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How to Jump Start A Car

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How to Jump Start a Car - Jumper Cables

While we all hope for the best, we should still plan for the worst. That means making sure you’re prepared for the unexpected. Whether you left a light on, the key in the ignition, or your car battery is just plain old, all car owners are likely to be faced with a dead car battery sooner or later.

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Here’s a step-by-step guide on how to jump start a car, just in case.

  1. How to Jump Start a Car - Red Wire and Black WireFind someone who can help. You’ll need a friend, family member, co-worker, or Good Samaritan to help you out. Ask them if they can pull their car close enough to yours so that your jumper cables can reach from their battery to yours. Make sure the cars and all electrical components are off and the cars aren’t touching. (Note: It’s a great idea to always keep jumper cables in your car.) 
  2. Find the battery. In most cars the battery can be found under the hood, near the front of the car on the left or right side. In some cases it may be in the trunk or near the firewall between the engine and passenger compartment. Identify the positive and negative terminals on each battery.
    Usually, the positive terminal will have a plus sign and a red cable attached to it. Likewise, the negative terminal will be marked with a minus sign with a black cable attached.
  3. Put on safety gear. If you happen to have gloves and goggles lying around, use them. Do a quick check for leaks, cracks, or other damage to the batteries. If you find anything, do not attempt to jump the car – call it a day and get a tow truck involved.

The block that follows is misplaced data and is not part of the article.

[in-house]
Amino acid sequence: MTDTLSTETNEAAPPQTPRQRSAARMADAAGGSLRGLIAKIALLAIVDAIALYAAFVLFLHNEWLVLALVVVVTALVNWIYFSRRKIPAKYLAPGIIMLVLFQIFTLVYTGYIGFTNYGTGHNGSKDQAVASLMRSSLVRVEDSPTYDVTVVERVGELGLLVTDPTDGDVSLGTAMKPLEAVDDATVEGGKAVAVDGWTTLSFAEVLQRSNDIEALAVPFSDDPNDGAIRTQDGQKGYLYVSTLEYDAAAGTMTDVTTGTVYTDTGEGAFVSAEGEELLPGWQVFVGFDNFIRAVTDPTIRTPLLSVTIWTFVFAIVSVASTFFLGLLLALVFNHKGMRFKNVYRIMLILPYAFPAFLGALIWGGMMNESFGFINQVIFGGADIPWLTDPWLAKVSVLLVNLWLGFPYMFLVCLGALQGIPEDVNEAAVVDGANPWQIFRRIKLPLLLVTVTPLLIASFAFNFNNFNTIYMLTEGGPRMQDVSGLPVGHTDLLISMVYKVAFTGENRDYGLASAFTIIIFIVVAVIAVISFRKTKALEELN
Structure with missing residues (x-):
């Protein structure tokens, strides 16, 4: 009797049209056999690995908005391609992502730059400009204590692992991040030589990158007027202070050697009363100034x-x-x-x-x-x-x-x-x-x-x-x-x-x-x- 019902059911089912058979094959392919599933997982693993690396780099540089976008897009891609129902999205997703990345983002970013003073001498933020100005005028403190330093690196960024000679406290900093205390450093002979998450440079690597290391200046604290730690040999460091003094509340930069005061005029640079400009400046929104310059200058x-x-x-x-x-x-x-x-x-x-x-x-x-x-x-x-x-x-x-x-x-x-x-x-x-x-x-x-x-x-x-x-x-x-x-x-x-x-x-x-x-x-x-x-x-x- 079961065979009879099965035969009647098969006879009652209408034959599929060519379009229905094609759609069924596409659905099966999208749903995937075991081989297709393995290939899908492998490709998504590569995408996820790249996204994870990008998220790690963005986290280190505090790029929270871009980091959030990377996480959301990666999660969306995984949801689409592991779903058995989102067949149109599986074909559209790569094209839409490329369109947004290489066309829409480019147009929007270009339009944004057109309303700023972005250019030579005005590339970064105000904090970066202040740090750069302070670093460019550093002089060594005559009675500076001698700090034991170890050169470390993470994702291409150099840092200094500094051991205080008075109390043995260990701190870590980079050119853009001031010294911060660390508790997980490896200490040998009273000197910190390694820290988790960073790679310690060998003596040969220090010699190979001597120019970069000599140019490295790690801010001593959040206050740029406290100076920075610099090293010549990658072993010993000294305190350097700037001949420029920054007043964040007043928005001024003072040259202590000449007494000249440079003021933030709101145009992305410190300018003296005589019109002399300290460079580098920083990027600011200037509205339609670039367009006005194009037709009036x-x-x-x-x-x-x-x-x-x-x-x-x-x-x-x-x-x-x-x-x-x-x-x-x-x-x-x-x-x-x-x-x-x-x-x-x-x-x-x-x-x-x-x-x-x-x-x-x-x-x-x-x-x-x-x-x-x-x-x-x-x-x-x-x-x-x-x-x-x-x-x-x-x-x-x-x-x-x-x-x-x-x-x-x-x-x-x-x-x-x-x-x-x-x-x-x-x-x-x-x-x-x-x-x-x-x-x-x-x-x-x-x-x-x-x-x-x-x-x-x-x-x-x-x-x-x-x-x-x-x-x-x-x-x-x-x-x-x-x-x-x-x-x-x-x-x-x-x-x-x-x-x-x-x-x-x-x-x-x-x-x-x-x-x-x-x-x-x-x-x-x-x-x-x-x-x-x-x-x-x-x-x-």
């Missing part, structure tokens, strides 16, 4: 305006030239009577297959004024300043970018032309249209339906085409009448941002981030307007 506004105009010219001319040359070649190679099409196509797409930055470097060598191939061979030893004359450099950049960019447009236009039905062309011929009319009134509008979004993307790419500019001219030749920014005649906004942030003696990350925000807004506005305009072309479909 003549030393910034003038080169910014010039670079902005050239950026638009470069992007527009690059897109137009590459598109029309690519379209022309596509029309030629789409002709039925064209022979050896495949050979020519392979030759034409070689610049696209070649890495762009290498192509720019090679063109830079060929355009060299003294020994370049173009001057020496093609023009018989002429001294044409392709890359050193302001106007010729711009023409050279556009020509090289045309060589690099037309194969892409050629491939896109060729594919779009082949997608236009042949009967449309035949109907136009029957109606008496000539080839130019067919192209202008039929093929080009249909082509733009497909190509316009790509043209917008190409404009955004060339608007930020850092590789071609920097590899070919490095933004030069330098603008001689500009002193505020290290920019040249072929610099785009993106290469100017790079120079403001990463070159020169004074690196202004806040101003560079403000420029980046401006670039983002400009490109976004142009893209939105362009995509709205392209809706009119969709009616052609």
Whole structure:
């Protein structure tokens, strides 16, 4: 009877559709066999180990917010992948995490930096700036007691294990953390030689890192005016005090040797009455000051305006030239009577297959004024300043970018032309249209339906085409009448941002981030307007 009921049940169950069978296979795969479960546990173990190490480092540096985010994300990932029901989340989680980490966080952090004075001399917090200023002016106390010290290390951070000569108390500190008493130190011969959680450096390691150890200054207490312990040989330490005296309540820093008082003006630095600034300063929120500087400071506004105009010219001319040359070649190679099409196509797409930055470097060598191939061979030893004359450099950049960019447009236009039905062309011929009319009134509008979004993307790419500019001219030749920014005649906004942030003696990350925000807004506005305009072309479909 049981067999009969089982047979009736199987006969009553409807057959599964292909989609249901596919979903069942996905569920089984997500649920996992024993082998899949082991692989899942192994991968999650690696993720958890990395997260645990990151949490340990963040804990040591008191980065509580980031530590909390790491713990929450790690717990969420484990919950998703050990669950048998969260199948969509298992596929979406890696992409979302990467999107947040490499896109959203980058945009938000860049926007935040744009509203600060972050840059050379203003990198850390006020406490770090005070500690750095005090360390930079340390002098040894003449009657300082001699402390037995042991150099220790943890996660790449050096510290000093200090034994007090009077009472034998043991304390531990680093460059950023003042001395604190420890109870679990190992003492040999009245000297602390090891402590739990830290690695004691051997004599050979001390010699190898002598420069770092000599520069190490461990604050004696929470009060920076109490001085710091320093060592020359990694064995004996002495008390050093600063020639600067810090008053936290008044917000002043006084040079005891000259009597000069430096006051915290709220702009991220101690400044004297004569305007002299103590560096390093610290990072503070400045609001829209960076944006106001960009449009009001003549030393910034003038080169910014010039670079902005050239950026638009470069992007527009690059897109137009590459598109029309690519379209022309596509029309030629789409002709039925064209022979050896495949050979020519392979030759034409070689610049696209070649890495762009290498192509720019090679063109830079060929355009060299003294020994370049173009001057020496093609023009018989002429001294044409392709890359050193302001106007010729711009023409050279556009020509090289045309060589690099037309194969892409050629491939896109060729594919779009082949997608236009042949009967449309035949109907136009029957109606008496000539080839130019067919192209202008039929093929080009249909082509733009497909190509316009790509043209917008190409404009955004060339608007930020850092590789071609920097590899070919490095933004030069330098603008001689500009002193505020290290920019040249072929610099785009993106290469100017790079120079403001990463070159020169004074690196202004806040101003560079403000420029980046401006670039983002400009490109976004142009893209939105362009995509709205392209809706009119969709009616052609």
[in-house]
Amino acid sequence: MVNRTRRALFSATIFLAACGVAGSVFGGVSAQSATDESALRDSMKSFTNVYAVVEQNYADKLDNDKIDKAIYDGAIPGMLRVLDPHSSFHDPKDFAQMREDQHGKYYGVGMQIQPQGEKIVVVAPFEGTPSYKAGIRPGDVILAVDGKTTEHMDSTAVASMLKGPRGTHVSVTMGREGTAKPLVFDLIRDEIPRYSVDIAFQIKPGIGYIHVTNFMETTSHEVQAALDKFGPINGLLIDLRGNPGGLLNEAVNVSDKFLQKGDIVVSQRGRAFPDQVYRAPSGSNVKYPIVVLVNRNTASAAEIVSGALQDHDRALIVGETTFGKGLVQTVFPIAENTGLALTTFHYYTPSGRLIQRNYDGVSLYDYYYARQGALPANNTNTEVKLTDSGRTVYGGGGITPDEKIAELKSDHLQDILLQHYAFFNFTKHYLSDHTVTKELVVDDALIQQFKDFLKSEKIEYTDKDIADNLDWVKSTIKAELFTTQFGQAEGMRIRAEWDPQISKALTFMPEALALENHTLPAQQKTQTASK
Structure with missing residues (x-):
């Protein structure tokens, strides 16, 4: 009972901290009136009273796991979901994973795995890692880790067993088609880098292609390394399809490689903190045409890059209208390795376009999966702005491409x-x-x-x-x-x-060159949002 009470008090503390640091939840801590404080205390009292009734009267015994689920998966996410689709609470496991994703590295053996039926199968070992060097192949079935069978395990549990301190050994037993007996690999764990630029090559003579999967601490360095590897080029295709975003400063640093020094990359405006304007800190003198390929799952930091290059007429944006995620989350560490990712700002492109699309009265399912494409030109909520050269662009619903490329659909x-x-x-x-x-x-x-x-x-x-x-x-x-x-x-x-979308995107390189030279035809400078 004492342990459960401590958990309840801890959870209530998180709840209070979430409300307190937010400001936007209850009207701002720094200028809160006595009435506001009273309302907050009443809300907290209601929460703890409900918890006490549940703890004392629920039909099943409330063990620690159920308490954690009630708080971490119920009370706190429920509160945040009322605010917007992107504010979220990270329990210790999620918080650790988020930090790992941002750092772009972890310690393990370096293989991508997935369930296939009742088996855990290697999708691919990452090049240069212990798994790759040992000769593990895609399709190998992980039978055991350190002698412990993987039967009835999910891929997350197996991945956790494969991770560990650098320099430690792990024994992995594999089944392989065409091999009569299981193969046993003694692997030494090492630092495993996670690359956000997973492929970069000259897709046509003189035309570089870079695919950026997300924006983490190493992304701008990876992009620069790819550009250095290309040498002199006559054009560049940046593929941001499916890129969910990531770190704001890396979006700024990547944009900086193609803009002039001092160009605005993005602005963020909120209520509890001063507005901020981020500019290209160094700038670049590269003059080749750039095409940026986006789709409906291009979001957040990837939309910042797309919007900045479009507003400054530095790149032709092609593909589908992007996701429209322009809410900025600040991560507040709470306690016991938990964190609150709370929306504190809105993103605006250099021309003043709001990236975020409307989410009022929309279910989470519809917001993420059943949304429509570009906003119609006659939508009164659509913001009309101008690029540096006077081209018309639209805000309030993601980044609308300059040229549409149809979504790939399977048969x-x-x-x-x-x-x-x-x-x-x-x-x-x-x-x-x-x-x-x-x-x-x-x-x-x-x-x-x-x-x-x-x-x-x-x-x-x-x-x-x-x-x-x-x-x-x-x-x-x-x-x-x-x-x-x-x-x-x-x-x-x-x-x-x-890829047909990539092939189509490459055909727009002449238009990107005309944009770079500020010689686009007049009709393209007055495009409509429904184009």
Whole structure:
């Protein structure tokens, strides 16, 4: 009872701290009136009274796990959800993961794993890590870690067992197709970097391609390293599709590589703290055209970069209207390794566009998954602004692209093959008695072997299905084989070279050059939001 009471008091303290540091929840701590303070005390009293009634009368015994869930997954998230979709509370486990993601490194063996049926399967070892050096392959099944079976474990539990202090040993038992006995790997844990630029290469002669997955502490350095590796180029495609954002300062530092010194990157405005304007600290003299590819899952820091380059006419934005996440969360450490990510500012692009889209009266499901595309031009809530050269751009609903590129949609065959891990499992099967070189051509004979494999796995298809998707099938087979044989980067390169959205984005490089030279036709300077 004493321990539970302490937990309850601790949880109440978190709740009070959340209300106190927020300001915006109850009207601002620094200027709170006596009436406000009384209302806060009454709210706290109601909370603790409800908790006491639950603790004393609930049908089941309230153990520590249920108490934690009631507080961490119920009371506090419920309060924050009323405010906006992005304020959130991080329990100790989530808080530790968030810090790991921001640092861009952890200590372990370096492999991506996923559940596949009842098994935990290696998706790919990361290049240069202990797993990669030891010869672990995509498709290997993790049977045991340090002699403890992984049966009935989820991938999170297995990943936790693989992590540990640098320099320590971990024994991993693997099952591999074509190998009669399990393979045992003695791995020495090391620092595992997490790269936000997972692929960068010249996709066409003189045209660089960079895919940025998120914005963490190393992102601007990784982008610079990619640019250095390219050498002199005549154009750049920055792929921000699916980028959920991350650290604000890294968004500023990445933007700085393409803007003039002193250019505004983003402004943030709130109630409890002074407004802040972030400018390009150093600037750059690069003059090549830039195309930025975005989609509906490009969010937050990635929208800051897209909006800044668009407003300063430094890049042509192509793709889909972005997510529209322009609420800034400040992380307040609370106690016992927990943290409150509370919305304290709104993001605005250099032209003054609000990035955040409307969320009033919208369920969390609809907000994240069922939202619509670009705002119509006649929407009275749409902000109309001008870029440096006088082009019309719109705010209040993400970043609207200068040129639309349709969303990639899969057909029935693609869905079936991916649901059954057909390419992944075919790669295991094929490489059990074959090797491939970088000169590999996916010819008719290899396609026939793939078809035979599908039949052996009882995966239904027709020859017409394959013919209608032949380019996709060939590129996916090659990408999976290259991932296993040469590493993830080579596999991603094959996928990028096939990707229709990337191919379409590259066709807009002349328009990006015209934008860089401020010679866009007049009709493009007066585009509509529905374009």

4. Connect jumper cables. Make sure your cables are untangled and attach in the following order: 
    1. Connect one red clamp to the positive terminal of the dead battery.
    2. Connect the other red clamp to the positive terminal of the good battery.
    3. Connect one black clamp to the negative terminal of the good battery.
    4. Connect the other black clamp to a piece of grounded metal on the car with the dead battery. Look for a bolt, nut, or other protruding shiny metal. If you can’t find anything acceptable, you can connect to the negative terminal of the dead battery, but this may risk igniting hydrogen gas coming off the dead battery. 
  5. Start the working car. Let it run for a few minutes, and rev the engine slightly for 30 to 60 seconds – this will charge the battery in the dead car.
  6. Try to start the dead car. If the dead car does not start, disconnect the last negative connection, and make sure all other connections are secure by wiggling or twisting each clamp slightly. Replace the final negative clamp, and repeat step 5. If the dead car still won’t start, you may need to have it towed or replace the battery. 
  7. Remove the jumper cables. Once the car starts, remove the cables in the reverse order in which they were attached. Make sure none of the clamps touch each other or the cars. 
  8. Keep the engine running. Go for a drive or run the car above idle (barely revved with your foot on the gas) for 5 minutes or idle for 20 minutes before turning it off. This should give the battery enough charge to start again.

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Now that you can say you know how to jump start a car, let us know in the comments what other car care tips you’d like to see featured on The News Wheel!


  • Jump starting a late model car with jumper cables is a horrible idea. It’s the single best way to burn up the alternator on the donor vehicle and damage sensitive computers in both vehicles.

    Jumper cables were great in the old days. But if you really want to avoid damage, use a jumper pack instead.